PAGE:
Individuality And Symbolism In Hawthorne's Young Goodman Brown

Brooke Lawson
ENGL 2110_521
Nov 7 2016
Nathaniel Hawthorne 's "Young Goodman Brown" is a tale taken place during the Puritan-England period. The townspeople practice Christianity as their organized religion. By focusing his theme mainly on Christianity, Hawthorne emphasizes ideals of transcendentalism throughout by making the tale extremely ambiguous, meaning there is no true "black or white" answer to his work. Allegoric writing-styles involve a heavy use of ambiguous terms and strong symbolism to turn the entirety of the text into a lesson. The ideal that the traditional "truth" may not always be in sight is questioned throughout by using a limited point of view, the use of symbolism within the text leads to a greater feel of uncertainty
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Brown 's personal motives and lack of individuality for this quest will have a significant impact on his outlook, the events taken place on the journey, and the results that will lead to Brown 's personal downfall.
The point of view within the text is mostly limited through one character, Young Goodman Brown. There are often points within the reading where the view turns to an author-like telling, including all sections with ambiguous ideals and terms. The sudden changes in perception results in an allegoric type of reading, which leads each reader to pause to analyze what Hawthorne is trying to express through Brown 's journey. For example, my personal inference on Young Goodman Brown is that he is a strong symbol of self-righteousness, while his wife, Faith, symbolizes the faith and goodness in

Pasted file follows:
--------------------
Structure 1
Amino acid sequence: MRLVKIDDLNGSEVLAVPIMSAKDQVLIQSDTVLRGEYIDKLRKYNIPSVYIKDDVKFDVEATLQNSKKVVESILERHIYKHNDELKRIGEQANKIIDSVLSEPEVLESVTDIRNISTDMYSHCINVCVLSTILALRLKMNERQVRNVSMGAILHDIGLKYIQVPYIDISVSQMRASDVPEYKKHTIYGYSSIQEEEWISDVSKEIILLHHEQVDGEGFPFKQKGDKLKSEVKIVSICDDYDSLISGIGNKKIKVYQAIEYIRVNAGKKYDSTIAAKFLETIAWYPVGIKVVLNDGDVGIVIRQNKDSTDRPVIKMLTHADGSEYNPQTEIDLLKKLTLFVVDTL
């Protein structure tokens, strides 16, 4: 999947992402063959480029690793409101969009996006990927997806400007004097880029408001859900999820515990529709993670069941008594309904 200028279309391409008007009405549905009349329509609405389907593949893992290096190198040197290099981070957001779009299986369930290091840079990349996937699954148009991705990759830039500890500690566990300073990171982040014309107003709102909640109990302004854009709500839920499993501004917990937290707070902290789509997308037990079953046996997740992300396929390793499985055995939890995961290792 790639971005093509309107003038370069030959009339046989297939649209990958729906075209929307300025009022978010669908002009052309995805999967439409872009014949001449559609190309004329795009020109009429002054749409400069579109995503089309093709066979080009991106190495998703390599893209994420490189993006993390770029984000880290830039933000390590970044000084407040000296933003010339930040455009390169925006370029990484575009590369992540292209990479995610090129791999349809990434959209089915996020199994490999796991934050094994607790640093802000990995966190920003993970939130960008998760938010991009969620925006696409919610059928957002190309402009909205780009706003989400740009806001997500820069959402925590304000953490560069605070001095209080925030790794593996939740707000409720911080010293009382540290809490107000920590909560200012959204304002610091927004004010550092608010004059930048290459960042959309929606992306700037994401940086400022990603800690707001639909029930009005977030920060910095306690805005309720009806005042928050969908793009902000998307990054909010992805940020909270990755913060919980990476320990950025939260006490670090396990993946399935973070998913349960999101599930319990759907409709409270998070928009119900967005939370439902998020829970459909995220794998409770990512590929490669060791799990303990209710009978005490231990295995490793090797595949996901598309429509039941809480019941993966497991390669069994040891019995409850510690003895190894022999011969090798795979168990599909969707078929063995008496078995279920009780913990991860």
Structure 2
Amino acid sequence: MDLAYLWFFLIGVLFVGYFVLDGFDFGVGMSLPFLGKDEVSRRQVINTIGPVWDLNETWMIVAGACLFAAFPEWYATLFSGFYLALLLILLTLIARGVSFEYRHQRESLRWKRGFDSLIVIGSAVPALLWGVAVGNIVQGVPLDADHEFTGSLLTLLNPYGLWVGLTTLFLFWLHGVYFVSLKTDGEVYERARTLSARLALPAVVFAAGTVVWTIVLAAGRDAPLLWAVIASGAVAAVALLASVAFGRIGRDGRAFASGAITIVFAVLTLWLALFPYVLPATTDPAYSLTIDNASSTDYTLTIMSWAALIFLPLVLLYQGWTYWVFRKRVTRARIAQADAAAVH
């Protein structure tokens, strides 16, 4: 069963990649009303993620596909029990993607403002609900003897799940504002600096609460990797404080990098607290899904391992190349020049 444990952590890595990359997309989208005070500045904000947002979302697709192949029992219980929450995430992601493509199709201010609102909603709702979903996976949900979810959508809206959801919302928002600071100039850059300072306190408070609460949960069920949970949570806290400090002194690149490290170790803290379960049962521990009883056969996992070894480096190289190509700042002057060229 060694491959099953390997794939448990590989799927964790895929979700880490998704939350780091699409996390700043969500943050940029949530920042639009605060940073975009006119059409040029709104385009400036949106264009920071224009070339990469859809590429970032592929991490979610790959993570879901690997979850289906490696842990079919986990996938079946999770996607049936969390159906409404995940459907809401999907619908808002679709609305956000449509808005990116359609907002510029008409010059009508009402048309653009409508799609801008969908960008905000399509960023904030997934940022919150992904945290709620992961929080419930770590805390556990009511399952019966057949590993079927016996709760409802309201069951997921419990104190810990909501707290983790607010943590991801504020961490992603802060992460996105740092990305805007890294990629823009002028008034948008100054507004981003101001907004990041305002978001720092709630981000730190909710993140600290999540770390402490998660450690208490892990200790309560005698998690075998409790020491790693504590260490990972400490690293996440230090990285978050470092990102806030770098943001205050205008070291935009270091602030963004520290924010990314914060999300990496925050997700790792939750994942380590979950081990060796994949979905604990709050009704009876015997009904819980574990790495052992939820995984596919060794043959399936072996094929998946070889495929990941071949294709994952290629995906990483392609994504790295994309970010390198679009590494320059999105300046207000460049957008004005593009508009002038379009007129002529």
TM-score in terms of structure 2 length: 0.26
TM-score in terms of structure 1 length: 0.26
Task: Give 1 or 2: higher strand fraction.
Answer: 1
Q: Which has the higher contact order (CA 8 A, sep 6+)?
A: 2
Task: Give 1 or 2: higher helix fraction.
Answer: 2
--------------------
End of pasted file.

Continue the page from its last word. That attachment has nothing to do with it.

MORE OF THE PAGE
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"Evil is the nature of mankind. Evil must be your only happiness." (394.) The Devil-like character reveals what a lack of individuality can do to a person, as said person shall be based upon hatred and evilness rather than forgiveness and love. The level of knowledge of knowing others sins is so powerful that it has the chance to destroy one 's soul. Hawthorne vividly draws a conclusion that the Devil 's claim of the nature of mankind being evil in this story by the ending. When Brown returns to the village, he is unforgiving of what possibly could have been only a dream, a fake reality. It is proved to be overwhelmingly difficult of Brown to ever see his "faith" in mankind ever again. Brown 's acceptance of this deal with the devil was the beginning of the end of Brown 's journey to self-righteousness. Once an individual lets evil in, it is nearly impossible to be freed from its

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